Twenty-five years after fleeing his ex-employer, Angelo Perino forms a shaky truce with Loren Hardeman III and returns to Bethlehem Motors, an act that sets off a fierce battle of wills and power
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Twenty-five years ago, The Betsy, Robbins's bestselling novel about the auto industry, marked the beginning of the author's glory years as the king of commercial fiction. After the success of such titles as The Lonely Lady and Dreams Die First, a subsequent string of tired potboilers (The Piranhas, etc.) saw Robbins's sales skid. Now, in an energetic attempt to reverse that trend, the author has begun to write sequels to his best-known books: first The Raiders, which followed up The Carpetbaggers, and now this robust son of The Betsy, which mimics all the personal vendettas, steamy sex and complex plotting?as well as cardboard characters?of the original. It's 1972, and tyrannical auto tycoon Loren Hardeman has just fired the brilliant Italian-American racecar driver and auto designer, Angelo Perino, despite the fact that Angelo saved the company from being taken over by Hardeman's sinister grandson, Loren III. In revenge for Angelo's interference, Loren III has had the man beaten almost to death by thugs. Now the recuperating Angelo marries the bisexual Cindy, a test driver-turned-art dealer, and vows to even the score by taking the business away from the ruthless Hardemans. The international art world, the Japanese impact on the auto industry and a blood feud provide a fascinating global web of subplots in bedchambers and boardrooms as Robbins spins his lascivious, melodramatic tale. While this novel may not be the powerhouse The Betsy was, it has wheels and is a worthy successor. Doubleday Book Club alternate selection.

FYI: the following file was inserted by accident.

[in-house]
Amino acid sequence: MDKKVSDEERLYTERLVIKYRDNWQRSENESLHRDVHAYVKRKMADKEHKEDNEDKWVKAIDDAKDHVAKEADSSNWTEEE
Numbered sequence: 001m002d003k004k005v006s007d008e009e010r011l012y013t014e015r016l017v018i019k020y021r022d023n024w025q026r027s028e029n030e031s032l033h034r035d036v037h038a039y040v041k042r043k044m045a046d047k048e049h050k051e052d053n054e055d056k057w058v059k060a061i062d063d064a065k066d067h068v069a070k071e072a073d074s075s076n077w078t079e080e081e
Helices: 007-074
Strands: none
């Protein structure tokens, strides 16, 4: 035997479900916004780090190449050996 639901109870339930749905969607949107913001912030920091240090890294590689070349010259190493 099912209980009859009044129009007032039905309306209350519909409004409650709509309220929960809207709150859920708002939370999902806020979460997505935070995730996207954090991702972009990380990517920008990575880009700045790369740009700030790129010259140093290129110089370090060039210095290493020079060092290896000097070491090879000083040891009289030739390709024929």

Copyright 1995 Reed Business Information, Inc.
Last year Robbins subjected us to The Raiders (1994), his sequel (30 years later) to The Carpetbaggers. Now we have the sequel to another of his earlier novels, The Betsy, which, like The Carpetbaggers, was made into a popular movie with an impressive cast: Laurence Olivier, Robert Duvall, Tommy Lee Jones, Katharine Ross, and Jane Alexander. Okay, but what about the book? Ah, the book. Well, The Betsy was about the ruthless competition between the Hardeman family, owners of Bethlehem Motors, and the studly race-car driver Angelo Perino. Hardeman senior welcomed Perino into the family business, but his son and grandson resented Perino and drove him out, beating him up badly in the process. Now, after some extensive plastic surgery, Perino's back. He ends up developing a new car for the company, called, what else, the Stallion (as in Italian); he also manages to bed all the Hardeman women. And what a bunch they are. No boy toys here, these gals know exactly what they want and how to get it. When they aren't having sex with the indefatigable Angelo, whose sweet bisexual wife pops out a new baby every year, they're wheeling and dealing. Robbins does interject some interesting bits about the car industry during the 1970s gas scare, when the Japanese first edged into the American market, but basically he just doles out sex scenes, each more ludicrous and, frankly, boring, than the next. Donna Seaman
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Book Description Pocket, 1996. Mass Market Paperback. Book Condition: New. Bookseller Inventory # P11067187294X
Book Description Pocket. MASS MARKET PAPERBACK. Book Condition: New. 067187294X New Condition. Bookseller Inventory # NEW7.1826731